One theme often associated with the second week of Advent is Peace. John the Baptist comes and preaches repentance and forgiveness of sins. We repent to God, and pray to God for forgiveness. But we don't only need peace with God - we need peace with other people too. The violence of our sins against our neighbors and our enemies (and, yes, their sins against us) plagues not only ourselves and our relationships, but also the earth itself. In Romans 8 the creation itself painfully groans as it waits for the revealing of the children of God, the children of the God of peace. 

We wash our hands before we eat a meal. In a way, baptism serves a similar purpose: we’re also preparing to eat. Revelation and other texts talk about a great wedding feast - a party! - when Jesus returns, but in the meantime when we gather for worship we break bread together. In order to do that we need to wash in the waters of baptism - a sign of repentance and forgiveness - and we need to enact that repentance and forgiveness with our neighbors. Communion or Eucharist or the Lord's Supper is about peace. It's about peace with God, and it's about peace with our neighbors. We wash ourselves of our grudges and make peace for the wrongs we have done, then we feast.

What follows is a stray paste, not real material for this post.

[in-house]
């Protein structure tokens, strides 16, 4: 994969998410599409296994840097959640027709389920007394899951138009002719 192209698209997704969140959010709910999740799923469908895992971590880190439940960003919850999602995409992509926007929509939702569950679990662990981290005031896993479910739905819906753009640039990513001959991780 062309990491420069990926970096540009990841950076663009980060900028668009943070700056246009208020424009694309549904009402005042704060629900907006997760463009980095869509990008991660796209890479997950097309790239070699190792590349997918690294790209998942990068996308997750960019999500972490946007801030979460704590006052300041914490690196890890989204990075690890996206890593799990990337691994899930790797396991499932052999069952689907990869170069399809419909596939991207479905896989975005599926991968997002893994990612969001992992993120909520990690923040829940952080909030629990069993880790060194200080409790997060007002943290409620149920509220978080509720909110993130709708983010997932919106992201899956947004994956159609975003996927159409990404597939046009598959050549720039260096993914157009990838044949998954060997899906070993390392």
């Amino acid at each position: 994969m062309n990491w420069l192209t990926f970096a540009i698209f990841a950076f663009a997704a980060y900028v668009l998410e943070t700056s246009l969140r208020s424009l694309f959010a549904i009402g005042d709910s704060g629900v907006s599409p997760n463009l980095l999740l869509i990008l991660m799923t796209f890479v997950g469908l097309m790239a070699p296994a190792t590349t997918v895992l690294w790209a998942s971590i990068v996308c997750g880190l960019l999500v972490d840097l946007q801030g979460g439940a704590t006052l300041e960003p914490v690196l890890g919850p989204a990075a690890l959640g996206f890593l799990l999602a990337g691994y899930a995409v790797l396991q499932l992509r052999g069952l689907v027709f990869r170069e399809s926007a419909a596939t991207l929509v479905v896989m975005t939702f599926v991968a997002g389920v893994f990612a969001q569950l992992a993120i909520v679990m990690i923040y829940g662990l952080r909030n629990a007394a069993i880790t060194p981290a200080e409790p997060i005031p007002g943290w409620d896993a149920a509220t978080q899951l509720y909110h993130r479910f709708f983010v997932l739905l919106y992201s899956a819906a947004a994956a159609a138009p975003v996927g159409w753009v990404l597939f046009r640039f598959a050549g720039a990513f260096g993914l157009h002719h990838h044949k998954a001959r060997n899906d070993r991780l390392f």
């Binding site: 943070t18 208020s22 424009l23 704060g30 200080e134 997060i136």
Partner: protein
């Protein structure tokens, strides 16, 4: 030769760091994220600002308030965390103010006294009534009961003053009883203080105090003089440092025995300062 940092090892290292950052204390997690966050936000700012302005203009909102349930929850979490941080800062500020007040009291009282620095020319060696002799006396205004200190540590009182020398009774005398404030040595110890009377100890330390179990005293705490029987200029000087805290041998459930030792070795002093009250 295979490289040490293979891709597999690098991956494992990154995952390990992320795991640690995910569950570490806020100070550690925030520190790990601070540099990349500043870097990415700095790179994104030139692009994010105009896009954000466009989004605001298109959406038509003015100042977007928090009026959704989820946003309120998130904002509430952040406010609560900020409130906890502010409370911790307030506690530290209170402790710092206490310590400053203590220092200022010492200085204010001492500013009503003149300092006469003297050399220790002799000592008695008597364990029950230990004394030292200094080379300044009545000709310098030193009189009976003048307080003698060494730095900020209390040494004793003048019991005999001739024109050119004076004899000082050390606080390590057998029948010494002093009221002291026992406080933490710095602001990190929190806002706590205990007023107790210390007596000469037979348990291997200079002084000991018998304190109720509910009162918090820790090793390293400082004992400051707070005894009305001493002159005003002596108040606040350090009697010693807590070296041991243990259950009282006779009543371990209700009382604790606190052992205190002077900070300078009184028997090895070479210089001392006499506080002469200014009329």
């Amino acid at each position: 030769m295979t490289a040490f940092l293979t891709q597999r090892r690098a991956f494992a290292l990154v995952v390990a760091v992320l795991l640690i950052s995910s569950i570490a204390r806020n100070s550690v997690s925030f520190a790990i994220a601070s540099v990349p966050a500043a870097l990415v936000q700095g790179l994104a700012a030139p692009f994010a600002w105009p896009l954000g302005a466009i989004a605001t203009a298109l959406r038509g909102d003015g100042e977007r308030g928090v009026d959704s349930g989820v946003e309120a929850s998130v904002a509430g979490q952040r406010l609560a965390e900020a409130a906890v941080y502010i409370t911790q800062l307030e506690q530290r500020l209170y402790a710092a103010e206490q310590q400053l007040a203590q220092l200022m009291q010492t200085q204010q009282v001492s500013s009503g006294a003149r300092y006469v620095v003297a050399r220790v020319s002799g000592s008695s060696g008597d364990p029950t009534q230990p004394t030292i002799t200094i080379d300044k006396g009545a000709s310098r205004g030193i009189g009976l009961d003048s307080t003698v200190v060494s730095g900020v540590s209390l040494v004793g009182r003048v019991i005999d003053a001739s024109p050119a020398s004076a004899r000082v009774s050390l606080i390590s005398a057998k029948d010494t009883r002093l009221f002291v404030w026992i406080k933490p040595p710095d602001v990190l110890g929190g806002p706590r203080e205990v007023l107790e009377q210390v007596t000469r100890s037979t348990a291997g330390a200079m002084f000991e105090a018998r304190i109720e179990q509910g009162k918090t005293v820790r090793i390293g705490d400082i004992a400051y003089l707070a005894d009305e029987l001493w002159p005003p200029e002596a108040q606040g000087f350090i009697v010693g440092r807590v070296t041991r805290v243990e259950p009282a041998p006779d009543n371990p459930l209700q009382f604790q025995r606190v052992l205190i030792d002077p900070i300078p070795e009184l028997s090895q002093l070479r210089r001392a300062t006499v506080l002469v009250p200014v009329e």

The world is full of germs and dirt and grime and other gross stuff. And, sometimes, so are we. But we have a God interested in making peace with us and with the earth, cleansing us and the earth, and feasting with us upon the earth. In forgiving and in asking for forgiveness, and in baptism and communion, we are preparing the way for the coming of the God of peace. 

Advent I: Hoping that the Sun will go dark

Advent starts with hope. 

We look forward in expectation to Christmas, and we remember that there was a time before Christmas, a time before the Word-made-flesh, a time before the fullness of time. But we also remember that the hope that was fulfilled in Christmas is not really complete. We remember that the hope of God dwelling with humanity is not perfectly realized. The fullness of time is not yet fully, well, full.